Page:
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Helmet Saves A Life – Scottsburg, IN

Bullard Fire Helmets are tough. And, so are the amazing firefighters who wear them every day. The durable shell and inner liner are designed and tested to meet and exceed NFPA 1971, Standard on Protective Ensemble for Structural Firefighting and Proximity Firefighting, Pertaining to Structural Fire Helmets. Chief James Richey of Scottsburg Fire & Rescue in Indiana USA experienced this toughness first-hand in a recent structure fire. Check out his story!

Structure Engulfed

Chief Richey responded to a house fire around 2 am. When his crew arrived, the structure was fully engulfed, and they were unable to enter the structure to fight the fire. They had a couple attack lines in use; one deployed to a roof dormer. At this height outside the structure, Chief Richey handled the hose. When the hose suddenly slipped, he clamped down with this arm to stop the hose, but the resulting pressure forced him to release the nozzle to keep from falling backward. That's when the nozzle began to free-fly and whipped back to hit Richey directly in the front brim of his helmet.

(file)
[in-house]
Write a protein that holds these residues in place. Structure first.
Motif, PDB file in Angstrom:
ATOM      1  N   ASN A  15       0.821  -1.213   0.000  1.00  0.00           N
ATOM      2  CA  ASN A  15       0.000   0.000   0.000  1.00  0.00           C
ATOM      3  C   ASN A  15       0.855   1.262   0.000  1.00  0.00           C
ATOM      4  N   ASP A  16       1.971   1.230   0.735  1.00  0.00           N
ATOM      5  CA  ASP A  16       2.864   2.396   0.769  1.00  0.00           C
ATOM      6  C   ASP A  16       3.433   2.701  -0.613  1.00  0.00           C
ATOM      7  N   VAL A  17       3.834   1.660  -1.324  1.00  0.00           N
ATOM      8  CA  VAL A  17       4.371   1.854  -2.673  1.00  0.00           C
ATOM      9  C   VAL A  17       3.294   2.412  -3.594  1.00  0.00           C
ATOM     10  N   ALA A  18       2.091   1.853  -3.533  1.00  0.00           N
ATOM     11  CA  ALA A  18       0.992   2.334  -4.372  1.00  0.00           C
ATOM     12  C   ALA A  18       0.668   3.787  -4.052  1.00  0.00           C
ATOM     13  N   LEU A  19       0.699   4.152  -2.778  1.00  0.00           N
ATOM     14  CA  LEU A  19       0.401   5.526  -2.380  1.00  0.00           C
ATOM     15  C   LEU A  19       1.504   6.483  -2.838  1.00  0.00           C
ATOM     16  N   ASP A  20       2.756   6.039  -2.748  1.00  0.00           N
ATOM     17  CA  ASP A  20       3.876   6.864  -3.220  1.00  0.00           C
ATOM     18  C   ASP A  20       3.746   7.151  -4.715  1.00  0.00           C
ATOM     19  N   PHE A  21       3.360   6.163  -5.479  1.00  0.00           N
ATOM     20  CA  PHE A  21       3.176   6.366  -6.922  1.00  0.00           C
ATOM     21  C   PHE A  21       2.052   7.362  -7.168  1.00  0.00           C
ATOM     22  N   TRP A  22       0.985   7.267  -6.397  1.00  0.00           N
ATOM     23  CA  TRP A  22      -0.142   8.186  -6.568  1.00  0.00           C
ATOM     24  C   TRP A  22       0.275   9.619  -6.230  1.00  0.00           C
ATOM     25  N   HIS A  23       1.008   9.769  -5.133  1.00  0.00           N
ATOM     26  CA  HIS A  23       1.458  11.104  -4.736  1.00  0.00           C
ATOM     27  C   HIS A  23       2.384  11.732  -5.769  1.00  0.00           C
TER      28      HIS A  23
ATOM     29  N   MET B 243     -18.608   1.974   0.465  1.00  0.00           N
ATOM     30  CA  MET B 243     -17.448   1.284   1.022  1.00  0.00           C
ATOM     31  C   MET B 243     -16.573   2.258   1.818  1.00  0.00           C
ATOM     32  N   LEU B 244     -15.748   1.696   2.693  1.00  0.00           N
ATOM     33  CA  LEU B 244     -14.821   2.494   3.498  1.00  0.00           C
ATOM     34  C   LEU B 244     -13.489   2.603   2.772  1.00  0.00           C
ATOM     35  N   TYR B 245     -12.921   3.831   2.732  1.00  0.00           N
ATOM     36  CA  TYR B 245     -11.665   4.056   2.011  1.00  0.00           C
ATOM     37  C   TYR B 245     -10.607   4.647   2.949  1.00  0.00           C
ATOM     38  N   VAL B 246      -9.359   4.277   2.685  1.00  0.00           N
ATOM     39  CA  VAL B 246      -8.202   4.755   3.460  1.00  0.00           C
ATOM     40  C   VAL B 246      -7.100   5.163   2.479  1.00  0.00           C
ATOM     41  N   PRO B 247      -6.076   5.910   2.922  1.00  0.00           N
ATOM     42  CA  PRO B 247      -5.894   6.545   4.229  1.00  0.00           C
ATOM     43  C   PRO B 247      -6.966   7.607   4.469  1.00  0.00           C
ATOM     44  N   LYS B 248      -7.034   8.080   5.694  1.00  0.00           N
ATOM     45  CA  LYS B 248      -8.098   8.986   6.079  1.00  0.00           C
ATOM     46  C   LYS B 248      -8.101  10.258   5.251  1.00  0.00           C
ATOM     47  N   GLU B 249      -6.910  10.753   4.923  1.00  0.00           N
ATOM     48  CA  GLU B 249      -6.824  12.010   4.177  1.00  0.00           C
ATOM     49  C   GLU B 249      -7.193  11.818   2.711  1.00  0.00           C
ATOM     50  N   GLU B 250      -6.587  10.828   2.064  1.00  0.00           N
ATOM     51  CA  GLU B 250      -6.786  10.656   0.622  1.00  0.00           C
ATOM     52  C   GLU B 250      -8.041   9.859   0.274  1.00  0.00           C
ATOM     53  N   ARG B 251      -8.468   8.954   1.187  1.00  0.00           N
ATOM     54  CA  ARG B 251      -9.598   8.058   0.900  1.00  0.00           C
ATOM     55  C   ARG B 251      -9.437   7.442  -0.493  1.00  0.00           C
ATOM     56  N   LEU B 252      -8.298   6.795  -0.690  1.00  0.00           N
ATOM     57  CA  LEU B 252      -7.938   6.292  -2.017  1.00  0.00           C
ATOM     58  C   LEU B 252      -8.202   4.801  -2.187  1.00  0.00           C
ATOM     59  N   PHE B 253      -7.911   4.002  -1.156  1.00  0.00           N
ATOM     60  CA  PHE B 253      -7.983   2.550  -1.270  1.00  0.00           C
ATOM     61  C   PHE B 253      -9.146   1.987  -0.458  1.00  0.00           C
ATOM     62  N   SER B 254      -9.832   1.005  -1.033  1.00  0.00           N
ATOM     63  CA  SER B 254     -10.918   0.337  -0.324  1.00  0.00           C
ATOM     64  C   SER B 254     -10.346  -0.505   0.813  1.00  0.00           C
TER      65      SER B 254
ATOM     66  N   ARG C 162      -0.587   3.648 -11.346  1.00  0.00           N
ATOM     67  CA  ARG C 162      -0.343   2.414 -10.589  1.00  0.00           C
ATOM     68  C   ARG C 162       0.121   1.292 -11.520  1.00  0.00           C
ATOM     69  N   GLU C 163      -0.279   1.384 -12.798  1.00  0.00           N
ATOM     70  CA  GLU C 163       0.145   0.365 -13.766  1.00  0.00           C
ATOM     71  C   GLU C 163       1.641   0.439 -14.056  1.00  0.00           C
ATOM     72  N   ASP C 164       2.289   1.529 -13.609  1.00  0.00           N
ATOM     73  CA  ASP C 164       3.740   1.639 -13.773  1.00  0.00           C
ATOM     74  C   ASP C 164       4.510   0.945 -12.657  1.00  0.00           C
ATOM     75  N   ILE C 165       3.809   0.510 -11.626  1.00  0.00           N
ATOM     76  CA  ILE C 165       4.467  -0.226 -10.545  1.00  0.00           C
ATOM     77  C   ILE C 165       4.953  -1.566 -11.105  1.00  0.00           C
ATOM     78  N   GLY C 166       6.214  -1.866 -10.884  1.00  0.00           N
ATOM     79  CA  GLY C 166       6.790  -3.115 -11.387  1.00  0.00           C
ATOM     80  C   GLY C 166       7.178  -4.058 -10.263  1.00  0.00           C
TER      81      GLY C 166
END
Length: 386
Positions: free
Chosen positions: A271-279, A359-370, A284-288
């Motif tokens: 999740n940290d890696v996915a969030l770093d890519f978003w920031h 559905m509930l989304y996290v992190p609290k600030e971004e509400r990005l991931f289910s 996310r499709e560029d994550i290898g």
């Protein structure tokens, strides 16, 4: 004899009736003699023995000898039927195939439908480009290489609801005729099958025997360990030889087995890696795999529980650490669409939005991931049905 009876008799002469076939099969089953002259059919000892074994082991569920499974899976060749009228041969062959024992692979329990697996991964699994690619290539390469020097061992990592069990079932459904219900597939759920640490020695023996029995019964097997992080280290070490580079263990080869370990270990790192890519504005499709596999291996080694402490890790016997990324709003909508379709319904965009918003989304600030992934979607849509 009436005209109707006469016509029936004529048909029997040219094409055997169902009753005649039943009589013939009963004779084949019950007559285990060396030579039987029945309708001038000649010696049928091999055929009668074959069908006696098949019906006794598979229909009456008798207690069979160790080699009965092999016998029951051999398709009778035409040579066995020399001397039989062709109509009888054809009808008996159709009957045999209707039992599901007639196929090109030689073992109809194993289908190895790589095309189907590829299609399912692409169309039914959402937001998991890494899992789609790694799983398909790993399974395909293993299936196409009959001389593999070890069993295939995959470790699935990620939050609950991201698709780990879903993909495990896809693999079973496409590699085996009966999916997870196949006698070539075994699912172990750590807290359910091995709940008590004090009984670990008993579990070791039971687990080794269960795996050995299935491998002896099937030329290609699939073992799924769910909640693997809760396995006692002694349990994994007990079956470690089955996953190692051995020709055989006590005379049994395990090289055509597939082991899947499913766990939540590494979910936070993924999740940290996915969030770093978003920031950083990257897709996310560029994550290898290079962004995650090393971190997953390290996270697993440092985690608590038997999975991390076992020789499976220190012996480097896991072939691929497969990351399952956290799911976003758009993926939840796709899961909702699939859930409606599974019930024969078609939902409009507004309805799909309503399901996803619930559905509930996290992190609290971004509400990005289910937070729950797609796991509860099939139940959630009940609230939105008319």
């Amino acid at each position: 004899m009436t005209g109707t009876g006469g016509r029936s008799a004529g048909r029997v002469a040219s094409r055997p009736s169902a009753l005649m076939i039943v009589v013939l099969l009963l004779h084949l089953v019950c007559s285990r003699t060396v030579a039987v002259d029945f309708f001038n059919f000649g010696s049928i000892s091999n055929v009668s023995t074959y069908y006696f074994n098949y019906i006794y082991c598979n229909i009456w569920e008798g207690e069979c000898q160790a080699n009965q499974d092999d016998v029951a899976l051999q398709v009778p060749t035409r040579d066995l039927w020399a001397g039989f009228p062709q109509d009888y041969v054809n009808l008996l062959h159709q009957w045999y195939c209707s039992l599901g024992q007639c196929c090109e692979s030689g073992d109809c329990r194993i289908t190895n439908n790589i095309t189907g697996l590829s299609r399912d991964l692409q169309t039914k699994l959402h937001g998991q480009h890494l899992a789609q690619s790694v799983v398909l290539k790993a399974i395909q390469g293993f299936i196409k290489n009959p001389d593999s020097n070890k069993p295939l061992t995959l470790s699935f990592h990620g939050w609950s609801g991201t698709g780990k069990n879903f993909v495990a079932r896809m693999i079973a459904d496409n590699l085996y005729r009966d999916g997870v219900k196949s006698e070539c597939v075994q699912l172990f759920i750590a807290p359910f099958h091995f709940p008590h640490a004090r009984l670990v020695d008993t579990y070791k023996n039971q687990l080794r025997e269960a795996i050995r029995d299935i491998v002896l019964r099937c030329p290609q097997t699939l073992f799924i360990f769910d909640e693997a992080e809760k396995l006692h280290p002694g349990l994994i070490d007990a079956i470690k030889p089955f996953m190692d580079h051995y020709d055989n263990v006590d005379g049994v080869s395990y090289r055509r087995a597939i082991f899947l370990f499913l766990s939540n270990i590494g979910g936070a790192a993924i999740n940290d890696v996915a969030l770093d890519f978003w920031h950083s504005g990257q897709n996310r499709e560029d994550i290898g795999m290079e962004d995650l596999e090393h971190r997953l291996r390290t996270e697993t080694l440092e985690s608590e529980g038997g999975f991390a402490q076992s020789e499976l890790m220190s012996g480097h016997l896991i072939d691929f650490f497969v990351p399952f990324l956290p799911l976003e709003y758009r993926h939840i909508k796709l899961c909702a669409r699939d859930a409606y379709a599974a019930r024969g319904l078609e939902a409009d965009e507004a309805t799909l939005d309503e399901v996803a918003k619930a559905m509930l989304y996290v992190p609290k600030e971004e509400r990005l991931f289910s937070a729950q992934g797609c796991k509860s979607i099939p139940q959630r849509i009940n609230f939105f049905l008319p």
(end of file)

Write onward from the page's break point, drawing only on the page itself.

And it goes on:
My partner was at the top of the ladder, and I was on a small section of shingles just outside the dormer. Working in an awkward position trying to twist for a good angle on the flames, the line slipped and I was able to stop it by clamping with my upper arm.

The pressure of the line started to make me twist and slide backwards into my partner. At that point, I knew we were both going to fall if I did not release the nozzle, so I did. Once the nozzle was released, it began to free fly and whipped back and hit me directly in the front brim of my helmet with intense force,” recalled Richey.

A Blow to the Helmet

When he had the chance to inspect his helmet afterward, he saw that it had cracked down the center of the brim and down the side. “I have since looked at the helmet several times, reflecting on the crack and how significant of a blow that actually was. And, to think what that hit could have possibly done to my skull.” said Richey. “Other than a slight case of whiplash and a mild headache, I was unharmed.”

Richey further noted, “I just wanted to pass on my thanks to your product for successfully doing the job it was created to do.”

Thanks to Chief James Richey for sharing his story. We're proud to design and build helmets that continue to help protect those who risk so much everyday.

Helmet Protection and Inspection

Kudos to Chief Richey for inspecting his helmet after that blow. Learn more about inspection and replacement of your fire helmet here:

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